In April 2021, Apple released an iPhone update, called App Tracking Technology (ATT), that allowed users to opt out of sharing data with advertisers. Most iPhone users chose to opt-out, which turned out to be a brilliant marketing tactic for Apple but a massive problem for others in Big Tech. Because many mobile apps run mechanics in the background that track user behavior after seeing an ad, including clicking on the ad and making a purchase. Because Apple controls half the mobile device market, their update prevented advertisers from tracking ads’ success. As a result, both advertisers and platforms for whom advertising is their main revenue source are experiencing consequences. Meta, Facebook’s parent company, is reeling from flat sales in the third quarter of 2020. While that might not seem disastrous, without the Apple mobile operating system (iOS) update, Meta claimed, they would have experienced growth. More significantly, Snap, Snapchat’s parent company, suffered significant losses in the third quarter, for which they blame Apple’s changes. At the same time, Peloton, who is an advertiser rather than an advertising platform, claimed that the iOS update hurt user growth. As for Apple’s stock, in the third quarter, it rose over 36 percent. It’s impossible to determine with absolute certainty that Apple’s update was the singular cause of Apple’s stock rising. Some of that could be due to escalating murmurs that they will soon release some long-awaited products. However, it is clear that consumers are very concerned about how their personal data is used.
Further evidence it’s good business to protect privacy and data
Apple is far from an anomaly. The majority of companies have shown that protecting data is good for the bottom line.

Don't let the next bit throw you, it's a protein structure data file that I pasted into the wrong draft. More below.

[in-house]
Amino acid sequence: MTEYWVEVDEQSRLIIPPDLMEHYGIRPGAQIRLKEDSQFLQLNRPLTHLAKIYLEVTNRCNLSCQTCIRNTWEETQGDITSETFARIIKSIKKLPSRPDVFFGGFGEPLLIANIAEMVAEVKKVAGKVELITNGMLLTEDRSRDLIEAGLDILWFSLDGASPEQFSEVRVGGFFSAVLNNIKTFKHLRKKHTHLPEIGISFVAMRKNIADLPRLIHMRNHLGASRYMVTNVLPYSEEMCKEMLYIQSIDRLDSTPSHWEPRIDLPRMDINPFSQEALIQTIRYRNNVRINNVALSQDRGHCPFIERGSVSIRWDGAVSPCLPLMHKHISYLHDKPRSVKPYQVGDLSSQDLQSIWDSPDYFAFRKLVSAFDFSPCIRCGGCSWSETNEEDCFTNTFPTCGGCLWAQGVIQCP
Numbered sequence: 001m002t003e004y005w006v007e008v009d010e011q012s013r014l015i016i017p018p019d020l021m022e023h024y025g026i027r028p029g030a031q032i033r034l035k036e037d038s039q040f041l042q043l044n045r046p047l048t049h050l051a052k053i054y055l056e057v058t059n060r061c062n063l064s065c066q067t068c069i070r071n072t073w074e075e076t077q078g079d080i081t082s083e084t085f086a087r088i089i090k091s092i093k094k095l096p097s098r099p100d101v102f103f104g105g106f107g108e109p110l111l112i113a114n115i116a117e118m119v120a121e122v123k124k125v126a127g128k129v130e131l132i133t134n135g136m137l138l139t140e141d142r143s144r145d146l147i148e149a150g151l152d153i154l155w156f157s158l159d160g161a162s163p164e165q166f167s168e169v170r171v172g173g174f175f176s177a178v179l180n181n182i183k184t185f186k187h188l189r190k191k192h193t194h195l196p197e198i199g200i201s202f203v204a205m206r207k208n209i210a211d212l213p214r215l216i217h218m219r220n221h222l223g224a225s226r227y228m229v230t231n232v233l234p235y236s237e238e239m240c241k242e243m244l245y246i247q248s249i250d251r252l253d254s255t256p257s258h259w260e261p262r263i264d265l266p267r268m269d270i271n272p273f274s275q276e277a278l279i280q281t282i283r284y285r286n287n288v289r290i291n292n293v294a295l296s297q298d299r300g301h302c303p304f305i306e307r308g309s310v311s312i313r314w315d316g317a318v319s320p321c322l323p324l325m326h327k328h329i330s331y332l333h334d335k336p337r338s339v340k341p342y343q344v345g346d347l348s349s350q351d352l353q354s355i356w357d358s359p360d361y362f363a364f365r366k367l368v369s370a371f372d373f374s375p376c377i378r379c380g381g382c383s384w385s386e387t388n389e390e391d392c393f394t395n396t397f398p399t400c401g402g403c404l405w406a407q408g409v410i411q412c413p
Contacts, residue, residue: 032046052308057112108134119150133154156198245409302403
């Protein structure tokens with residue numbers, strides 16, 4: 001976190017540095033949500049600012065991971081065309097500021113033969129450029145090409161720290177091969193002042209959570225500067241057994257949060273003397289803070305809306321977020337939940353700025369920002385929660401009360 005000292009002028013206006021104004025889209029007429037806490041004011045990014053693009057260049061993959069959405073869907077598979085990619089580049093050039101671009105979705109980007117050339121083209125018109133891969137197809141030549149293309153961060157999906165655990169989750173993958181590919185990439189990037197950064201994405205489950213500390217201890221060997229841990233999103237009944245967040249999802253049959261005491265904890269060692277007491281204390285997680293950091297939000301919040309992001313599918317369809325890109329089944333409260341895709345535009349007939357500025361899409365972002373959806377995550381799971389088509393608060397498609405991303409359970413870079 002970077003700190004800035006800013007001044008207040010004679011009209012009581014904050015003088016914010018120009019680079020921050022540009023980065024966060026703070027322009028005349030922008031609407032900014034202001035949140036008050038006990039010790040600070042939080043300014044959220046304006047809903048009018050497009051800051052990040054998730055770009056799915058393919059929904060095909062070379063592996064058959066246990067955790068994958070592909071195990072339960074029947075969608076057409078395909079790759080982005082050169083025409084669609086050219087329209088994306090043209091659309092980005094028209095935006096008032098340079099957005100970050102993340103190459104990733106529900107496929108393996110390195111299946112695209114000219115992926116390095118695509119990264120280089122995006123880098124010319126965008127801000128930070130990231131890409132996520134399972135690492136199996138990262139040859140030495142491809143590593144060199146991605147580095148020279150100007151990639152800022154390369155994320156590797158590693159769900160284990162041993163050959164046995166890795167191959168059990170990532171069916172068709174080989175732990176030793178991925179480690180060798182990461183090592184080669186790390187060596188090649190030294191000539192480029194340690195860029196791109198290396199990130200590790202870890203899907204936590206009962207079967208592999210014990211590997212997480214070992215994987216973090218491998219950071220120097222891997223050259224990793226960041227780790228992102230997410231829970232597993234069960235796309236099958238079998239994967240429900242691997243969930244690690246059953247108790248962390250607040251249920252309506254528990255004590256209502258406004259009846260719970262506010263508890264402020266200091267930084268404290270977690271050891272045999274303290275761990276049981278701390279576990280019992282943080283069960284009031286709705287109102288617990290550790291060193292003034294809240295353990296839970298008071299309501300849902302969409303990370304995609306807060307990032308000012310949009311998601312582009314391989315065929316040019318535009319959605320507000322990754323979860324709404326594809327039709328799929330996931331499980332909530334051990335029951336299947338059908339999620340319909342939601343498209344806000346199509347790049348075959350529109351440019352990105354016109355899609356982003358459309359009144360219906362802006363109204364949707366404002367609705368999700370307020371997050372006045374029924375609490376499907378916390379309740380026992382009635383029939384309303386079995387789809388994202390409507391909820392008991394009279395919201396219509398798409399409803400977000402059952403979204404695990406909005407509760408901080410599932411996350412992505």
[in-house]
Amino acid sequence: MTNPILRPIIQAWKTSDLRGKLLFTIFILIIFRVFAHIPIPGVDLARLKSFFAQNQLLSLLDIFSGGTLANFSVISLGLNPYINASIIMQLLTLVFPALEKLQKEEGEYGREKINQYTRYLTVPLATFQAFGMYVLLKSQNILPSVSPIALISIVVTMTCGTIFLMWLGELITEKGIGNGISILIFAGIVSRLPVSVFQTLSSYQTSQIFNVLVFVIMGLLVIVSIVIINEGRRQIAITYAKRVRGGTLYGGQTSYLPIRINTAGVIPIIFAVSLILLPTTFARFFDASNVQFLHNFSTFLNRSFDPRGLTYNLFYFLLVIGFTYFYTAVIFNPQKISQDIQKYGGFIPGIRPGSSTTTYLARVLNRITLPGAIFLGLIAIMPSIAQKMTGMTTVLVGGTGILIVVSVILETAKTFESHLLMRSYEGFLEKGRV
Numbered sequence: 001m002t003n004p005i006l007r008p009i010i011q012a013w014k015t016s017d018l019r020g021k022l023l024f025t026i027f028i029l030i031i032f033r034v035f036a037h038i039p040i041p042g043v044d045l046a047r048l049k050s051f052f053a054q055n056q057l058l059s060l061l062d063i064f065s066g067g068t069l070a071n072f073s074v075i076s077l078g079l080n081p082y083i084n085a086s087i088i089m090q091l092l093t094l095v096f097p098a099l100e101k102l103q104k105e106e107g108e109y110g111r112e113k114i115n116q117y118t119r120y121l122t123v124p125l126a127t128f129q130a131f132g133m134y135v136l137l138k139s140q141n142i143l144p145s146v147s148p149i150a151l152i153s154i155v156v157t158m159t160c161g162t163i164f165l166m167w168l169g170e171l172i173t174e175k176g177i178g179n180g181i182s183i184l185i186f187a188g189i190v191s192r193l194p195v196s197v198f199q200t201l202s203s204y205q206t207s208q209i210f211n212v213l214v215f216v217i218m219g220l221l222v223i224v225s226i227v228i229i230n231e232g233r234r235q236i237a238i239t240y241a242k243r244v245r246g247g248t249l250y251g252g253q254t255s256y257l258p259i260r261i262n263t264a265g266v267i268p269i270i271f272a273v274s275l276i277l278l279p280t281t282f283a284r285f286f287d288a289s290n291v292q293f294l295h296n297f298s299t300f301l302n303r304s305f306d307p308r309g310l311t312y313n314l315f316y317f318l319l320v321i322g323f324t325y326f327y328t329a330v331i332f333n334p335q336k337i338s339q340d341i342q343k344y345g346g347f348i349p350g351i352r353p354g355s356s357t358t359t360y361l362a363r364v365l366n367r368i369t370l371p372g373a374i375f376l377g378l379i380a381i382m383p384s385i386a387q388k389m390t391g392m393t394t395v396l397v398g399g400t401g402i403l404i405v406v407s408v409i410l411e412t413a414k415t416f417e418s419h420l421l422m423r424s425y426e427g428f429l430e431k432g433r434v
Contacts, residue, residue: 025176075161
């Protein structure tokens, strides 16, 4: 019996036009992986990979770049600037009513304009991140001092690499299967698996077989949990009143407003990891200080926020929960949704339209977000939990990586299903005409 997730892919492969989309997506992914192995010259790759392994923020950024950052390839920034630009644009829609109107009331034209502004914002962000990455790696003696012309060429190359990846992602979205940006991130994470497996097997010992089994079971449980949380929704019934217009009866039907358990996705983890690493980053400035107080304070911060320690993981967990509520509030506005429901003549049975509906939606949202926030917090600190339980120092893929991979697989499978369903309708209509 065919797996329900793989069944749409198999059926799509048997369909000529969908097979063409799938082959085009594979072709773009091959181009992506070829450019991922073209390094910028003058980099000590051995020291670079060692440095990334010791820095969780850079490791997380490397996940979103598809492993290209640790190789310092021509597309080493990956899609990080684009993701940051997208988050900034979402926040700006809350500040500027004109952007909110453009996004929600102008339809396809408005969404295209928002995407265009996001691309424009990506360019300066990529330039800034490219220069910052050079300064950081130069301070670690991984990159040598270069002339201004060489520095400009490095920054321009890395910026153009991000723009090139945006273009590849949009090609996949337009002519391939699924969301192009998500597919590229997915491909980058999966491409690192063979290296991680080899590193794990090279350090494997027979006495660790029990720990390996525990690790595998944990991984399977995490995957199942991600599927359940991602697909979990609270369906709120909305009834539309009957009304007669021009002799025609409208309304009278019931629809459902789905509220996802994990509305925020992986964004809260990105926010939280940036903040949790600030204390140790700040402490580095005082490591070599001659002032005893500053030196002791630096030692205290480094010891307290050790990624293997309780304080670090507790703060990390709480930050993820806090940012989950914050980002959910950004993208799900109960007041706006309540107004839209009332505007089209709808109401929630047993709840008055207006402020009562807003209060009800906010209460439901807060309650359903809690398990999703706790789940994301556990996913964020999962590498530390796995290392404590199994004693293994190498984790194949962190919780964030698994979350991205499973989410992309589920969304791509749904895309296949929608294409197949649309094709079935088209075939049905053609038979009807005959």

- 97% of companies gain competitive advantage or investor confidence from investing in privacy
- More than 40% of companies earn back at least twice their privacy and security spend
- 84% of consumers express loyalty to companies that protect privacy
- More than 70% of companies experience operational benefits from protecting privacy
How to protect customer privacy
There are four steps companies can take to protect privacy:
- Work with your compliance team - Treat international government regulations as a starting point and adhere to the most stringent. Good places to start include Europe’s GDPR compliance (General Data Privacy Regulation), California’s CCPA and CPRA compliance (California’s Consumer Privacy Act and Consumer Privacy Rights Act), and Canada’s CASL compliance (Canada’s Anti-Spam Law)
- Ensure internal buy-in - Work with the C-Suite, IT, and legal to create a top-down privacy strategy
- Put in place proactive third-party data management - Have safeguards put in place that thoroughly checks data before it enters the core systems and database
- Establish and regularly update opt-in policies - Skip the legalese. Make opt-in policies user-friendly and regularly update them. Include cookie consent and other data privacy tools
- Document privacy compliance - It’s one thing to tell customers you respect their privacy, but it’s another to prove it.